Friday, December 14, 2012

The Ethics of Quid Pro Quo, Part Two

I’ve got to acknowledge that my moral perspective has gotten much more restrictive in recent years than it was when I was younger.  As a college student, I had a wonderful, idealistic moral vision that was founded upon the radical altruism of the Gospels, the progressive social activism of the 1960s, and the example set by the great social exemplars of the 20th century—Gandhi, Bishop Romero, Martin Luther King, and Ralph Nader, in particular.  Back then I honestly believed that selfless compassion for those in need was possible and that through collective sacrifice we could transform the world into a much better place.

As I entered middle age, I began to recognize that there was little likelihood that I would ever become a saint and that personal and collective sins are not quite so easy to eradicate as I had assumed they were.  My moral position at this point is the happy mean between the Christian altruism of my youth, which I now find far too idealistic to implement in any kind of meaningful way, and the libertarian ideology which is running rampant throughout the United States, and which I find abysmally devoid of any concern for the common good.  I call this approach the Ethics of Quid Pro Quo and wrote about it in an earlier piece.  

In a nutshell, my position is that real reciprocity is the key to authentic moral interaction with other human beings.  Our obligations extend to autonomous others to the extent that they have entered into a relationship with us in which there is a balance between what is given and what is received.  Those who take without ever giving are moral pariahs who ought to be shunned; and those who give without ever expecting anything in return are moral fools, who almost deserve to be taken advantage of.  In the balance between the quid (that which is given) and the quo (that which has been received) a true moral relationship is formed in which the mutual needs of the parties involved are recognized and respected, and as a result both parties are morally and existentially affirmed through their interactions.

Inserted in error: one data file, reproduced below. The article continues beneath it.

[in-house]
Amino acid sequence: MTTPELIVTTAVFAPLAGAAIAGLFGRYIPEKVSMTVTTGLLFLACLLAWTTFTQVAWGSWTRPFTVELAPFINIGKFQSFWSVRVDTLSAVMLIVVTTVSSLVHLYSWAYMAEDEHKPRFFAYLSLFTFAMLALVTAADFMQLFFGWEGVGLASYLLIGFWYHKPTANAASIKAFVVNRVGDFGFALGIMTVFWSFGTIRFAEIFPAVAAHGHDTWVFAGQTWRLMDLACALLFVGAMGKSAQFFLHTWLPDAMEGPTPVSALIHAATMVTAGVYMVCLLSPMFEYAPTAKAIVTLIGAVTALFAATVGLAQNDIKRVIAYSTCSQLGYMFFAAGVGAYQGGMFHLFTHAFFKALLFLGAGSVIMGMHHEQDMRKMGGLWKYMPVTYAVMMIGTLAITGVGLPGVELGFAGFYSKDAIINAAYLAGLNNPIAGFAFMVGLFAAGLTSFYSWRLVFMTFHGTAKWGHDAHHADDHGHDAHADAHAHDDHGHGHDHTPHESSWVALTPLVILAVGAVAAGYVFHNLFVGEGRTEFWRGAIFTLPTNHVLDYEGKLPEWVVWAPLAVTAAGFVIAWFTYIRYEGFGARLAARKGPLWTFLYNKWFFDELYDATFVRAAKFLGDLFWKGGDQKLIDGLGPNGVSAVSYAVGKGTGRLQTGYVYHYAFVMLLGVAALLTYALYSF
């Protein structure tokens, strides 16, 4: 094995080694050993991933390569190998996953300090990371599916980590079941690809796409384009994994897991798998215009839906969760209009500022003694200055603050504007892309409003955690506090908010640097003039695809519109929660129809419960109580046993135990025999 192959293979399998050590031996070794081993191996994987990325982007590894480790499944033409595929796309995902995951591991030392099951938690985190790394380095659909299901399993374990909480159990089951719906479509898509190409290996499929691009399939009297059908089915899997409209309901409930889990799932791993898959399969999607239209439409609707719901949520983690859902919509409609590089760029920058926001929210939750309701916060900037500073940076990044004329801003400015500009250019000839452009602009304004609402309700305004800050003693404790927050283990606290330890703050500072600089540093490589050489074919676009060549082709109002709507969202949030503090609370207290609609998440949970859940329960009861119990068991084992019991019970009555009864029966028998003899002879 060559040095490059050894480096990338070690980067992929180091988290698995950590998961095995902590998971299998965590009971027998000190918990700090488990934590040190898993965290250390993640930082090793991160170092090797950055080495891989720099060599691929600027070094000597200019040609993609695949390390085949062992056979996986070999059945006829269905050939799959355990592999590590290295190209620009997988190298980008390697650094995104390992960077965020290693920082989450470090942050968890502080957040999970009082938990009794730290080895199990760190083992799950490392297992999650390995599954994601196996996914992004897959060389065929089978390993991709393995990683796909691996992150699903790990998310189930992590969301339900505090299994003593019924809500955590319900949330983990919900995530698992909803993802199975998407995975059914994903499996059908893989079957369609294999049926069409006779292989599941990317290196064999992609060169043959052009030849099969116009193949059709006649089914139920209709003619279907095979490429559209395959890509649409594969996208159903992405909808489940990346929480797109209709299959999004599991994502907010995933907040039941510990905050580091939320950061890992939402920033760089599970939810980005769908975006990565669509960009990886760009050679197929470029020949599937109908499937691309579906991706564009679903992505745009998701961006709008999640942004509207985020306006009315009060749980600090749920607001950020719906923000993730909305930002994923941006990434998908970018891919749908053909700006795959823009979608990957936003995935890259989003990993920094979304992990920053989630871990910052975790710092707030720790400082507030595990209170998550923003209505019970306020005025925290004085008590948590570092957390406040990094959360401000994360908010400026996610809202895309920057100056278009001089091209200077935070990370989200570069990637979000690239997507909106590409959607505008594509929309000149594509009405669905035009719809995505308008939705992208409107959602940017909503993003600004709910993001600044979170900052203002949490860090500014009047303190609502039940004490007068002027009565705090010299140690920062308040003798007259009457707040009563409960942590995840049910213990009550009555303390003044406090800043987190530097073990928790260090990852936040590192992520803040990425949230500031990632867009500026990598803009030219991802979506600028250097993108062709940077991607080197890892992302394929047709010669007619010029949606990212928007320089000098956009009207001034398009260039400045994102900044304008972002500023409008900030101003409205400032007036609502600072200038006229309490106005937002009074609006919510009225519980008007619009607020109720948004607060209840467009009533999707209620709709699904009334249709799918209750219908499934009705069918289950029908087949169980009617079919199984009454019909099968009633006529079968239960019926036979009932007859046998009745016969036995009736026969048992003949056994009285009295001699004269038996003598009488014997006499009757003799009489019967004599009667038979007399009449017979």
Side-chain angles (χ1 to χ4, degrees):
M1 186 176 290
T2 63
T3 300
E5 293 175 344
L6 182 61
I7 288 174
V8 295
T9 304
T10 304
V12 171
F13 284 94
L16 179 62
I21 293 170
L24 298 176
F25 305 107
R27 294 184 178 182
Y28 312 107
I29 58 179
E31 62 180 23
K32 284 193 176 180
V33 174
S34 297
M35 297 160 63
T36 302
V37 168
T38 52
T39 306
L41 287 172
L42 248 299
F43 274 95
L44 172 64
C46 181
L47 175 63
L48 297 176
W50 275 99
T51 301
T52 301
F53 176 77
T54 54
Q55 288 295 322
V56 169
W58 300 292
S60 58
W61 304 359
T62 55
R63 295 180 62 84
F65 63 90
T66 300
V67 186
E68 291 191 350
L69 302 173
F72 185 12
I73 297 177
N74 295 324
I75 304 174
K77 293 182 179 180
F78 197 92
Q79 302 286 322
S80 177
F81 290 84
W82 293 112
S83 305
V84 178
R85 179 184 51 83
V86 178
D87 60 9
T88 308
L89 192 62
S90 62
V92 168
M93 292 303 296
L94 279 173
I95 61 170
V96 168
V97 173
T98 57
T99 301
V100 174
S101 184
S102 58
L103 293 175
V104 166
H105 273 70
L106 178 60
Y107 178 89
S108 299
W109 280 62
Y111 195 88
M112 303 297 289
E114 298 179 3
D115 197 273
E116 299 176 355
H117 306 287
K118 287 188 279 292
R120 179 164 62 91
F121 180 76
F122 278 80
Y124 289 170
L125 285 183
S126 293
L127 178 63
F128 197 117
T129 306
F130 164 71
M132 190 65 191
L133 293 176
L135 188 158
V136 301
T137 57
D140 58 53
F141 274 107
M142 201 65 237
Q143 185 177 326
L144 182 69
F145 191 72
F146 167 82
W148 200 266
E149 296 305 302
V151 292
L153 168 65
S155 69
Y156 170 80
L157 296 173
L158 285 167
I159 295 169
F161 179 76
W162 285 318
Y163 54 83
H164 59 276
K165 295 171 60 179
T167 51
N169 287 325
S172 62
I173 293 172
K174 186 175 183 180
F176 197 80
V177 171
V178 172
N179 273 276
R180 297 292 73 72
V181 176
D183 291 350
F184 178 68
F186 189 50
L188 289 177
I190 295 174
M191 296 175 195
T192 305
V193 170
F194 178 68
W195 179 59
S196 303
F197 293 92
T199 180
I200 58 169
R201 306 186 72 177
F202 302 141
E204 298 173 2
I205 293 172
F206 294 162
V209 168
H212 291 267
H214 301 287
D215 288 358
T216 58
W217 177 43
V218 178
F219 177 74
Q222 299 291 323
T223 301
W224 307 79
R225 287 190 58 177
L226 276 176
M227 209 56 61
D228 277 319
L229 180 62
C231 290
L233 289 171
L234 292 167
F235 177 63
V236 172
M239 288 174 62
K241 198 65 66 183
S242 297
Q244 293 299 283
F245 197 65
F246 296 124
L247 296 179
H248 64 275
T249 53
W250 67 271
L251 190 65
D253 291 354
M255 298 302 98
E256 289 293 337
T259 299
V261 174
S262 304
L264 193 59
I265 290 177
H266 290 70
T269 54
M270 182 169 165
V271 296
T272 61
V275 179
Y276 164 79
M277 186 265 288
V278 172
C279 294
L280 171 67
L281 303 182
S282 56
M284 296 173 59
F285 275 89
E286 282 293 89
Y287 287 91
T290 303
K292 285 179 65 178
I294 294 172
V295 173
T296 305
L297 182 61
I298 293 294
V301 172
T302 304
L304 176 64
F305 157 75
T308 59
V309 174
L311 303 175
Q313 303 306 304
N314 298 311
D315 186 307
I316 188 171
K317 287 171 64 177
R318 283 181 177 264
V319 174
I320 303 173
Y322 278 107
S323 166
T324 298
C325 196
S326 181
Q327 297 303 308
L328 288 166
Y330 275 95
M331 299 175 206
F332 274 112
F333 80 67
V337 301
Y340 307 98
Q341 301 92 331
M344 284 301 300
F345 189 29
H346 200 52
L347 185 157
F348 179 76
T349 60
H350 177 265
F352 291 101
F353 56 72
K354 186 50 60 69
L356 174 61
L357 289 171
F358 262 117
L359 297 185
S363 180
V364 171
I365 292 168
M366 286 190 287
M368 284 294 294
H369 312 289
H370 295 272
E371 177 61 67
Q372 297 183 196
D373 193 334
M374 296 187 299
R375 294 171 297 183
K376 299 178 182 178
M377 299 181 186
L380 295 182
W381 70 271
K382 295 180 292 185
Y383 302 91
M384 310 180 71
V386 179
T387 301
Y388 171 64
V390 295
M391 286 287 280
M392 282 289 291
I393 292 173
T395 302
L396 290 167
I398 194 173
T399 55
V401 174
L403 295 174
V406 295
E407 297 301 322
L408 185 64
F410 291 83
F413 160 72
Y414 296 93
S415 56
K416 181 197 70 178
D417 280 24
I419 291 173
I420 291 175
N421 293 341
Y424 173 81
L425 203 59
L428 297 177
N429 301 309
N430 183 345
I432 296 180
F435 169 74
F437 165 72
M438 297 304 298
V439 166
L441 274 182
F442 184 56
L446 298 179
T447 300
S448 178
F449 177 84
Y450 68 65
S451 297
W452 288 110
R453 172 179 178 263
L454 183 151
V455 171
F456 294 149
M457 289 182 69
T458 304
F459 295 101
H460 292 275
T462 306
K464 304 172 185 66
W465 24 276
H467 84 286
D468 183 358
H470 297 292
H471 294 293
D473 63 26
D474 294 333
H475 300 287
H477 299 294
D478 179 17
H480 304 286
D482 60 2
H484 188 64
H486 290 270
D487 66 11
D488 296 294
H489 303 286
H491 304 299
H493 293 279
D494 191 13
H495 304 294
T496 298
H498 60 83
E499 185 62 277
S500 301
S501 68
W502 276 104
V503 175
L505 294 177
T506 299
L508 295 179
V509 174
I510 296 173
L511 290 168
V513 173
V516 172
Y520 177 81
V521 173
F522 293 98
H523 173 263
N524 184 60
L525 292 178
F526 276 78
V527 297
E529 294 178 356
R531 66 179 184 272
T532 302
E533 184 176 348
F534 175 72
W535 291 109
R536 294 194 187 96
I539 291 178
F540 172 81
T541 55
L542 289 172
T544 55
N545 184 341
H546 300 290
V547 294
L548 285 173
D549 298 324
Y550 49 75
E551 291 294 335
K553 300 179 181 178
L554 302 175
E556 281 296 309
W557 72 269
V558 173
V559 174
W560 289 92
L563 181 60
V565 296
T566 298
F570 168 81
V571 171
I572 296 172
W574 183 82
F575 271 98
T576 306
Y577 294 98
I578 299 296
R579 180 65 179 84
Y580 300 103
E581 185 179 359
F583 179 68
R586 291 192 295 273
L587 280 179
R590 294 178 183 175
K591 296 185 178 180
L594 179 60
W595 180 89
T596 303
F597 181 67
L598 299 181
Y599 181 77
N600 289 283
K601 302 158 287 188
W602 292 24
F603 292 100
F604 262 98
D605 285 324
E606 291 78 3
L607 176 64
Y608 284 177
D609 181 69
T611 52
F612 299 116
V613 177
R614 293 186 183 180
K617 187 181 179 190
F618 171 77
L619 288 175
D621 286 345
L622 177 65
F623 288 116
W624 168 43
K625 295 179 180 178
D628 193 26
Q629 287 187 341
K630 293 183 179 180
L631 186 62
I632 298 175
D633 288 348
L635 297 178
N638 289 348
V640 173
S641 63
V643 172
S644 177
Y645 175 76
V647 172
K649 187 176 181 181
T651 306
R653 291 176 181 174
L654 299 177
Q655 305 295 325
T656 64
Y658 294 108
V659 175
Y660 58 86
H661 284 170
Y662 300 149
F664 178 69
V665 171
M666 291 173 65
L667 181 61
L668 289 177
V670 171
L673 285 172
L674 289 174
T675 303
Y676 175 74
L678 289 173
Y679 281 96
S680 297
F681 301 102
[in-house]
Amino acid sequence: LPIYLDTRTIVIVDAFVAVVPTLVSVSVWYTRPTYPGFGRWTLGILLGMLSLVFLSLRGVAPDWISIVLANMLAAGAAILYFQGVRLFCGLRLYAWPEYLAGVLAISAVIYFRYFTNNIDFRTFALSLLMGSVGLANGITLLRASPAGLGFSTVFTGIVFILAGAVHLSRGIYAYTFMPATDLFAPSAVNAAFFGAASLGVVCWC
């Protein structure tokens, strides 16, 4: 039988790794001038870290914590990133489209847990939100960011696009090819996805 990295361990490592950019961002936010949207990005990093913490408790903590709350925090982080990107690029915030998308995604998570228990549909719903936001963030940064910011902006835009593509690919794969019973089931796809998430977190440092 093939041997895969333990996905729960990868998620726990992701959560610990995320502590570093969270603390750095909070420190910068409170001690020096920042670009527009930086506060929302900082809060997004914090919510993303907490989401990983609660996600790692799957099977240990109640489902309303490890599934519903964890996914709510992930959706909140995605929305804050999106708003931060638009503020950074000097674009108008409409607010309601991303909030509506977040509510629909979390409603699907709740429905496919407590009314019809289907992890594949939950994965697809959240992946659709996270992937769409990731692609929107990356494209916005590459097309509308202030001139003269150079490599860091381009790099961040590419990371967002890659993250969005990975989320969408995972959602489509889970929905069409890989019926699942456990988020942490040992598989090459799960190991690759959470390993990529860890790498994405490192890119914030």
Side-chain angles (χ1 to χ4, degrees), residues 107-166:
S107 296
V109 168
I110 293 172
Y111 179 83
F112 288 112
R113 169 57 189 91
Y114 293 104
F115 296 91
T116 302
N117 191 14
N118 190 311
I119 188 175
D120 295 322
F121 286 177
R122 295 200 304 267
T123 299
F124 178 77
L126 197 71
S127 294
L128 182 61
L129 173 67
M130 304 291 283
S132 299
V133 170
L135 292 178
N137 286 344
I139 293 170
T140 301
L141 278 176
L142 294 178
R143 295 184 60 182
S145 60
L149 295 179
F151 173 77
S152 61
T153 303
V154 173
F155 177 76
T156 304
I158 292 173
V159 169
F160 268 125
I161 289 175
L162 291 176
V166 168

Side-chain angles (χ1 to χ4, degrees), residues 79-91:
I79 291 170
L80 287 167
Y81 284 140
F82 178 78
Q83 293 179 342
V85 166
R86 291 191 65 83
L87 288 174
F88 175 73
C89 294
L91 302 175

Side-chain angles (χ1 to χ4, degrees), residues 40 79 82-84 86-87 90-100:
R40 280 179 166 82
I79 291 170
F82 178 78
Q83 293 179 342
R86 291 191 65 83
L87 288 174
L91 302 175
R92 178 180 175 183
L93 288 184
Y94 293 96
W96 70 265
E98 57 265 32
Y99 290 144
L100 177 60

I’ve come to believe that there is absolutely nothing wrong with expecting others to reciprocate in some form when we care for them or do some act of kindness for them.  The expected reciprocation (the quid) should be roughly comparable in significance to the initial act (the quo), although, depending on the specific circumstances of the other, the act of reciprocation can at times be as minimal as an expression of appreciation (a sincere and heartfelt “thank you,” in other words).  I also think that it is a sign of decent moral character to consider how to reciprocate—and to what extent to reciprocate—when one has been treated kindly or generously by another person.  The person who never thinks about reciprocating at all is either a moral imbecile, and therefore not responsible for his actions, or, as I’ve already indicated, a moral pariah, who is best not associated with by anyone but the most committed masochist.